"My distress and gloom were so great, I could not unpack my library, nor arrange my study. I began to reflect most solemnly upon my unhappy state of mind, and became more concerned to regain my former peace and joy in God, than to obtain any temporal blessing whatever. The world was a blank, a bleak and howling wilderness, to my soul, without the smiles of my Savior. In fact, that I could not live, but must wither away from the face of the earth, without his comforting and satisfying presence. Like a well-chastised son, I came back to the feet of my Heavenly Father, and with many tears I besought him to reveal his face to my soul; that if my purposes were crossing his to show me; and whatever was his will, I would at once, by his help, yield my soul unto it. "Lord God," I said, "if my will crosses thy will, then my will must be wrong; for thine cannot but be right." Now I cared not what he commanded me to do, or to leave undone; I stood ready to obey. I felt assured clear light from God on some points would soon reach my soul; and I was fully prepared for it. But I no more expected such an order as came soon after, than I expected he would command me to fly upward and preach the gospel in another planet. During three days I cried to God, without any answer. On the third day, in the afternoon, I obtained an audience with the Lord. The place was almost as lonely as Sinai, where Moses saw the burning bush. It was under open sky, a considerable distance from the habitations of men; steep rocks and mountains, deep forests, and venomous reptiles, surrounded me. Here, and in a moment, the following passage was given me to plead: "And the Lord descended in the cloud, and stood with him there, and proclaimed the name of the Lord. And the Lord passed by before him, and proclaimed: "The Lord, The Lord God, merciful and gracious, long-suffering, and abundant in goodness and truth, keeping mercy for thousands, forgiving iniquity, and transgression, and sin, and that will by no means clear the guilty." -- Exodus 34: 5-7. I took hold of this; many of the words were as fire, and as a hammer to break the rocks in pieces before the Lord. The fountains of tears were opened, and the great deep of my heart was broken up. I left the place, however, without receiving any light; but my heart was fully softened and subdued, and I felt assured I had prevailed in some way with God. I was confident light and direction were coming; but of what nature I could not tell.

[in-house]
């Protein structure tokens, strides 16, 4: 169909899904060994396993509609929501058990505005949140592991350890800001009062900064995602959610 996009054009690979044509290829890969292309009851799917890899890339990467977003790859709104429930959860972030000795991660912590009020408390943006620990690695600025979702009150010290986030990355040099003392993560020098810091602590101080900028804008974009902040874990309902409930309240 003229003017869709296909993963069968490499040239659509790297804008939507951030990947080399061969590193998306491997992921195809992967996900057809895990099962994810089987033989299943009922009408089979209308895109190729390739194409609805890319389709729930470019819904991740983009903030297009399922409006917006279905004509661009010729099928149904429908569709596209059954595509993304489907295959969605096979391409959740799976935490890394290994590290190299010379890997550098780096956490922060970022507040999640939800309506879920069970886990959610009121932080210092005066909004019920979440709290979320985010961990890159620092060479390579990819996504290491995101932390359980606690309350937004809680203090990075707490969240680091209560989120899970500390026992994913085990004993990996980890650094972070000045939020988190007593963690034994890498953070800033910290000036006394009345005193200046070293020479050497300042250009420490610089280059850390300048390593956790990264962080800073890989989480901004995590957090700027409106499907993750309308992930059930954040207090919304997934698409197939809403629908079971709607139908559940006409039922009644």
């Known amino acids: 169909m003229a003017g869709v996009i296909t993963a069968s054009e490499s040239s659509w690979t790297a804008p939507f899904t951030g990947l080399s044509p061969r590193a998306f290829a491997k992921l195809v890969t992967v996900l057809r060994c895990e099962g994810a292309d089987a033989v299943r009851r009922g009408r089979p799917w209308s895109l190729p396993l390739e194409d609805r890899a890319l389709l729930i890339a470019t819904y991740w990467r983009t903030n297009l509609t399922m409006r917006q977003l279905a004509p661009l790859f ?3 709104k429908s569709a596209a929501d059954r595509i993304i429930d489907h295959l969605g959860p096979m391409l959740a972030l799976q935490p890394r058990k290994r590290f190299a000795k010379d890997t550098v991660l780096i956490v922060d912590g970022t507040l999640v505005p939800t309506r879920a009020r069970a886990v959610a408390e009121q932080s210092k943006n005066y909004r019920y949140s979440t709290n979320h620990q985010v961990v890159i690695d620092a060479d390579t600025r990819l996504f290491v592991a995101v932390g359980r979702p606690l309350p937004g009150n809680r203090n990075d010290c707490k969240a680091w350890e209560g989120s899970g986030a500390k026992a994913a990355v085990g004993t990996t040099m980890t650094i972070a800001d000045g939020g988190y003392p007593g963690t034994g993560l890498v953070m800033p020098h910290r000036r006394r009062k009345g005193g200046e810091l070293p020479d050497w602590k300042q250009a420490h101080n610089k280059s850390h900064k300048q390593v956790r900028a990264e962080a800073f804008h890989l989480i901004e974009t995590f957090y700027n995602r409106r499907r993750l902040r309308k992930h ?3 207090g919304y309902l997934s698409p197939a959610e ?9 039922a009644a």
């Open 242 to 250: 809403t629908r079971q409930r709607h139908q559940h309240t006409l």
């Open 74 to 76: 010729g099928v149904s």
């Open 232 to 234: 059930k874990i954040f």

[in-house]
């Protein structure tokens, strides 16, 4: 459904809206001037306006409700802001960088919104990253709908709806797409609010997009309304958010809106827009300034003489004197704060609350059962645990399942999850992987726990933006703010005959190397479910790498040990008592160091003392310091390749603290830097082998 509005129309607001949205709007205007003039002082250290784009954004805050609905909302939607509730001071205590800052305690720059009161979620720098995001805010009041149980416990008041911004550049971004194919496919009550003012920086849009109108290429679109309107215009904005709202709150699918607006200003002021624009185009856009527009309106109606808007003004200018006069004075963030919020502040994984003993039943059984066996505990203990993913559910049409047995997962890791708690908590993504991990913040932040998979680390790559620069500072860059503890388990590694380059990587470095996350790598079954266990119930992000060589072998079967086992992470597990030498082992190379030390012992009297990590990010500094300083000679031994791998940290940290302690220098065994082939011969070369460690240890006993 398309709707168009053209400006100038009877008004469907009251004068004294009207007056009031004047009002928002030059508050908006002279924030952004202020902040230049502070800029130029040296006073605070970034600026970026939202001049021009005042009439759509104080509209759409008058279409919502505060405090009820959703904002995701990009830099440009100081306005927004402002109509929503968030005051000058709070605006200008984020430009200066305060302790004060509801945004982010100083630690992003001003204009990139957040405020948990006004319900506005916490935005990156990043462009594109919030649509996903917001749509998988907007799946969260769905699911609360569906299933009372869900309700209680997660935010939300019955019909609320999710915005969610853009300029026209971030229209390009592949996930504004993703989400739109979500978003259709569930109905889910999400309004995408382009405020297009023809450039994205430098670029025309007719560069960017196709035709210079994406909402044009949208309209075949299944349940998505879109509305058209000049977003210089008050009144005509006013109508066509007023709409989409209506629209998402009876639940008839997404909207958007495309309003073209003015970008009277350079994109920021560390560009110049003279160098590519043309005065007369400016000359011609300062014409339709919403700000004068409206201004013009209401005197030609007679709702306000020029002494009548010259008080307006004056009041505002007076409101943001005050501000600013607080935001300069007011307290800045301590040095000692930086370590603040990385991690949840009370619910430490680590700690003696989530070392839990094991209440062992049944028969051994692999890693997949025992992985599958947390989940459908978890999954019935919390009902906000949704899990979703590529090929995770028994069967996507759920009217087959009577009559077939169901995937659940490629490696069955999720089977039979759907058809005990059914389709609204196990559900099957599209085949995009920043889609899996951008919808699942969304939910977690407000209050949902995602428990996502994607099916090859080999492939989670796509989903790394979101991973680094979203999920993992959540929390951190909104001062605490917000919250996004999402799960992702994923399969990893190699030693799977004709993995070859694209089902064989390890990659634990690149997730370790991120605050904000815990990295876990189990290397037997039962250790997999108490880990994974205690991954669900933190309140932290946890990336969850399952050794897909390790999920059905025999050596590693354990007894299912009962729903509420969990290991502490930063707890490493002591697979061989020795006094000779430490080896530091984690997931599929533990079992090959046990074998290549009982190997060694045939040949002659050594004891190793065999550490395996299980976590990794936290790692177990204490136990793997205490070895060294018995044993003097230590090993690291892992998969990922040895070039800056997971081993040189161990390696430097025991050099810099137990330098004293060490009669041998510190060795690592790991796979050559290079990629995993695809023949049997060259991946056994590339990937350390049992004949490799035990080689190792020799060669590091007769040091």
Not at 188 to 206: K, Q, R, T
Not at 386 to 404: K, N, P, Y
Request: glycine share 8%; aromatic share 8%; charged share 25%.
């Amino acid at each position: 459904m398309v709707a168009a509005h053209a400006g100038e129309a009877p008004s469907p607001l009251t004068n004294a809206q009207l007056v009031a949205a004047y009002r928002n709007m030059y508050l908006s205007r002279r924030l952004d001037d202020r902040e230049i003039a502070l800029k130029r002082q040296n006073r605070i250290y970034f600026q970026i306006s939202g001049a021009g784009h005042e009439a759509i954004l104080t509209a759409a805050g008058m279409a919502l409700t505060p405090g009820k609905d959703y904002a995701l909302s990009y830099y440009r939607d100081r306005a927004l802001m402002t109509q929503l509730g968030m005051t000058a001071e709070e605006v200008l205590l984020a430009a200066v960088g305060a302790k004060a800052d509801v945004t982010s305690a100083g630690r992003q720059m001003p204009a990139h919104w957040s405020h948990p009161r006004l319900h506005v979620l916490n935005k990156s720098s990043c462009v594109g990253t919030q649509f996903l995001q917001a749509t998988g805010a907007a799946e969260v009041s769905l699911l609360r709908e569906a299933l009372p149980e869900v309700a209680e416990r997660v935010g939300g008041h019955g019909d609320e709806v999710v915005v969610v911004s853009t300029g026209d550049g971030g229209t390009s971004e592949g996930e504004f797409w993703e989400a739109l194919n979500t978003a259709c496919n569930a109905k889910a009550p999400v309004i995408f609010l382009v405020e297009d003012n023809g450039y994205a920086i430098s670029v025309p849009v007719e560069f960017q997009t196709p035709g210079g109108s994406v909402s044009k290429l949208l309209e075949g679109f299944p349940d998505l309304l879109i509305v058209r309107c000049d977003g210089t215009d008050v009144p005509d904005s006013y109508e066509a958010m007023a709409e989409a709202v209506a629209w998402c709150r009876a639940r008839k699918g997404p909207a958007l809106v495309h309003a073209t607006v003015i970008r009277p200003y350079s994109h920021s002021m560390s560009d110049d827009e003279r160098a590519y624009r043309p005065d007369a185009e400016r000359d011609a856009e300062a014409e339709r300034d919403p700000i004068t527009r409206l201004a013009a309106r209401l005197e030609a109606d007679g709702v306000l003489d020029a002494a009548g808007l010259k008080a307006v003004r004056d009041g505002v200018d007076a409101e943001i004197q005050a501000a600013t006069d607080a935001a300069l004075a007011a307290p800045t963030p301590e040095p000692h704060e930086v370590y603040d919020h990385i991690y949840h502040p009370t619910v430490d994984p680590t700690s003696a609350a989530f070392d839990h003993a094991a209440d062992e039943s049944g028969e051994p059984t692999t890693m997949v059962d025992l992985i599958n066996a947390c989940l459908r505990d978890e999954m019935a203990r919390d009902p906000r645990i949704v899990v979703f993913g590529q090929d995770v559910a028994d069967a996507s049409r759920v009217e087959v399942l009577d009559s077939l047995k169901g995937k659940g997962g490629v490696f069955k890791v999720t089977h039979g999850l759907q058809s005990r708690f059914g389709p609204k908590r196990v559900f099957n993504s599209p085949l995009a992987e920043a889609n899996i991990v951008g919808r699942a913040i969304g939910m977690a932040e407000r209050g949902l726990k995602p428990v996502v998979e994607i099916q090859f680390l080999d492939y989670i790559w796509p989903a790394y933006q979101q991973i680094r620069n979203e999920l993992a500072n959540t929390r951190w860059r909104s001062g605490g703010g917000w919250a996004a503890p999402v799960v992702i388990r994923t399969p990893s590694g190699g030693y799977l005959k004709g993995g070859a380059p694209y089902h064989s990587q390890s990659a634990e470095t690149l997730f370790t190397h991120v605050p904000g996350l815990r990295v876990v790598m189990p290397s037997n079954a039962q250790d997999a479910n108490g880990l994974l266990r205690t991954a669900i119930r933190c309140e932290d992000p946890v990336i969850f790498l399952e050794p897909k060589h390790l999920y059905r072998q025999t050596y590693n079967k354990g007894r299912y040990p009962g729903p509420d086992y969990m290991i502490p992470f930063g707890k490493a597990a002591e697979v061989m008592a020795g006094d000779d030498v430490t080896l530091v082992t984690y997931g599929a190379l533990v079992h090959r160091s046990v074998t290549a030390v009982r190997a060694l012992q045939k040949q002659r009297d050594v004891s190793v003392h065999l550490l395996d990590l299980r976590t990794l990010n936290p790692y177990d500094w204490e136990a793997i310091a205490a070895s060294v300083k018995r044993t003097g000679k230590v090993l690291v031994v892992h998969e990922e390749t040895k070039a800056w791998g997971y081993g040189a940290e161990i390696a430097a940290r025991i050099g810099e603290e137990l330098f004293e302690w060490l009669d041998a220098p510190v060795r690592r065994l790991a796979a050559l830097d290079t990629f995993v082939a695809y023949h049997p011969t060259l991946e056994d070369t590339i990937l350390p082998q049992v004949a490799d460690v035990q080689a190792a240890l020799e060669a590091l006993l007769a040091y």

"This was on the 9th of July,1839. The same evening, about twilight, eternal glory be to God! When reading in, small, room adjoining my study, a light, as I conceived from heaven, reached me. . My soul was singularly calmed and warned by a strange visitation. In a moment I recognized the change; the following, in substance, was spoken to my heart; but in a manner, and with a rapidity, I cannot possibly describe. Every ray of Divine glory seemed to be a word that the eye of my soul could read, a sentence which my judgment could perceive and understand: 'These matters which trouble thee must be let entirely alone. The will of God is, that thou shouldst visit Europe. He shall be with thee there, and give thee many seals to thy ministry. He has provided thee with funds. Make thy arrangements accordingly; and, next Conference, ask liberty from the proper authorities, and it shall be granted thee. Visit Canada first; when this is done, sail for England. God shall be with thee there, and thou shalt have no want in all thy journeyings; and thou shalt be brought back in safety again to America'